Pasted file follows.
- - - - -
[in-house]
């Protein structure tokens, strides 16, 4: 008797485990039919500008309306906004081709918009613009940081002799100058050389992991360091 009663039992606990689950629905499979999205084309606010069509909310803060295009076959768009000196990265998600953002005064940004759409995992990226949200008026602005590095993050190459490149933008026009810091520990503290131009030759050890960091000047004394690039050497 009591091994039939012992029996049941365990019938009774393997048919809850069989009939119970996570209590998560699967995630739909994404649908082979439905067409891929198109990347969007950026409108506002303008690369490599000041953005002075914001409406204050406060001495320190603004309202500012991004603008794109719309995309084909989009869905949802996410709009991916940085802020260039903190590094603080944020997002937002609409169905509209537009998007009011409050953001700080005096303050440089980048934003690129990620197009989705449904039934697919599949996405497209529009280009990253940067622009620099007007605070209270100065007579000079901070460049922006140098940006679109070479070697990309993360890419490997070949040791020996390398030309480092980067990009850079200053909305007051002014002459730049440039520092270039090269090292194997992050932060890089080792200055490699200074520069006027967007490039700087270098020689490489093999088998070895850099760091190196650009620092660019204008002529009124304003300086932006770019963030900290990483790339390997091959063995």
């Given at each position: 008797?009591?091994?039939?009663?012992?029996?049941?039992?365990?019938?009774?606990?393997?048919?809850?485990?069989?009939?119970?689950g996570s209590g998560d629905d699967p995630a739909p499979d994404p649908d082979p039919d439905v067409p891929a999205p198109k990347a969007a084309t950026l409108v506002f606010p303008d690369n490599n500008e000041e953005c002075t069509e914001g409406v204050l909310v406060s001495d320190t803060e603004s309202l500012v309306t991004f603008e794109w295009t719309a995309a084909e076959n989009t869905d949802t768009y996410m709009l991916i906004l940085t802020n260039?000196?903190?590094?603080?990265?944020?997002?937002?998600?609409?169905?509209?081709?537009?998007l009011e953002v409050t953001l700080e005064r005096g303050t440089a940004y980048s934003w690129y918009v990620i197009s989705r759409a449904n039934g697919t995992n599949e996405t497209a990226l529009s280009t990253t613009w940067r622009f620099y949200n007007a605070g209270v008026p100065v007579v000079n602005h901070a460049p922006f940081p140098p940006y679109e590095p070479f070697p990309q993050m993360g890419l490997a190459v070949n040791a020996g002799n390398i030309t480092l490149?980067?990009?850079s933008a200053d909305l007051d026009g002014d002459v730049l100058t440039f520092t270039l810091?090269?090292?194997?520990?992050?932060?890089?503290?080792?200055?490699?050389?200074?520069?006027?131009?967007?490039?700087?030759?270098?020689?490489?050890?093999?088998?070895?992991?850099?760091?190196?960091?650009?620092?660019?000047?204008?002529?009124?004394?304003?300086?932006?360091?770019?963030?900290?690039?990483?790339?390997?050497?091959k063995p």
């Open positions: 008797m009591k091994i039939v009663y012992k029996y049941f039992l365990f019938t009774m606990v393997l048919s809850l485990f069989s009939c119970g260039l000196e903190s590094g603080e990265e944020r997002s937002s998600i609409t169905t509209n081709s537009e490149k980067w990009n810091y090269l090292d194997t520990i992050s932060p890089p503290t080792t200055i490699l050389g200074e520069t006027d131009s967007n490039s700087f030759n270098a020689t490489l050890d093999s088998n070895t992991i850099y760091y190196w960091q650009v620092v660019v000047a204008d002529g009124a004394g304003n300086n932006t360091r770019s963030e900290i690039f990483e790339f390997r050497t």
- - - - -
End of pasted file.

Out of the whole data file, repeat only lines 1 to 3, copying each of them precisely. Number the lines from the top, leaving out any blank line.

[in-house]
């Protein structure tokens, strides 16, 4: 008797485990039919500008309306906004081709918009613009940081002799100058050389992991360091 009663039992606990689950629905499979999205084309606010069509909310803060295009076959768009000196990265998600953002005064940004759409995992990226949200008026602005590095993050190459490149933008026009810091520990503290131009030759050890960091000047004394690039050497 009591091994039939012992029996049941365990019938009774393997048919809850069989009939119970996570209590998560699967995630739909994404649908082979439905067409891929198109990347969007950026409108506002303008690369490599000041953005002075914001409406204050406060001495320190603004309202500012991004603008794109719309995309084909989009869905949802996410709009991916940085802020260039903190590094603080944020997002937002609409169905509209537009998007009011409050953001700080005096303050440089980048934003690129990620197009989705449904039934697919599949996405497209529009280009990253940067622009620099007007605070209270100065007579000079901070460049922006140098940006679109070479070697990309993360890419490997070949040791020996390398030309480092980067990009850079200053909305007051002014002459730049440039520092270039090269090292194997992050932060890089080792200055490699200074520069006027967007490039700087270098020689490489093999088998070895850099760091190196650009620092660019204008002529009124304003300086932006770019963030900290990483790339390997091959063995």
């Given at each position: 008797?009591?091994?039939?009663?012992?029996?049941?039992?365990?019938?009774?606990?393997?048919?809850?485990?069989?009939?119970?689950g996570s209590g998560d629905d699967p995630a739909p499979d994404p649908d082979p039919d439905v067409p891929a999205p198109k990347a969007a084309t950026l409108v506002f606010p303008d690369n490599n500008e000041e953005c002075t069509e914001g409406v204050l909310v406060s001495d320190t803060e603004s309202l500012v309306t991004f603008e794109w295009t719309a995309a084909e076959n989009t869905d949802t768009y996410m709009l991916i906004l940085t802020n260039?000196?903190?590094?603080?990265?944020?997002?937002?998600?609409?169905?509209?081709?537009?998007l009011e953002v409050t953001l700080e005064r005096g303050t440089a940004y980048s934003w690129y918009v990620i197009s989705r759409a449904n039934g697919t995992n599949e996405t497209a990226l529009s280009t990253t613009w940067r622009f620099y949200n007007a605070g209270v008026p100065v007579v000079n602005h901070a460049p922006f940081p140098p940006y679109e590095p070479f070697p990309q993050m993360g890419l490997a190459v070949n040791a020996g002799n390398i030309t480092l490149?980067?990009?850079s933008a200053d909305l007051d026009g002014d002459v730049l100058t440039f520092t270039l810091?090269?090292?194997?520990?992050?932060?890089?503290?080792?200055?490699?050389?200074?520069?006027?131009?967007?490039?700087?030759?270098?020689?490489?050890?093999?088998?070895?992991?850099?760091?190196?960091?650009?620092?660019?000047?204008?002529?009124?004394?304003?300086?932006?360091?770019?963030?900290?690039?990483?790339?390997?050497?091959k063995p």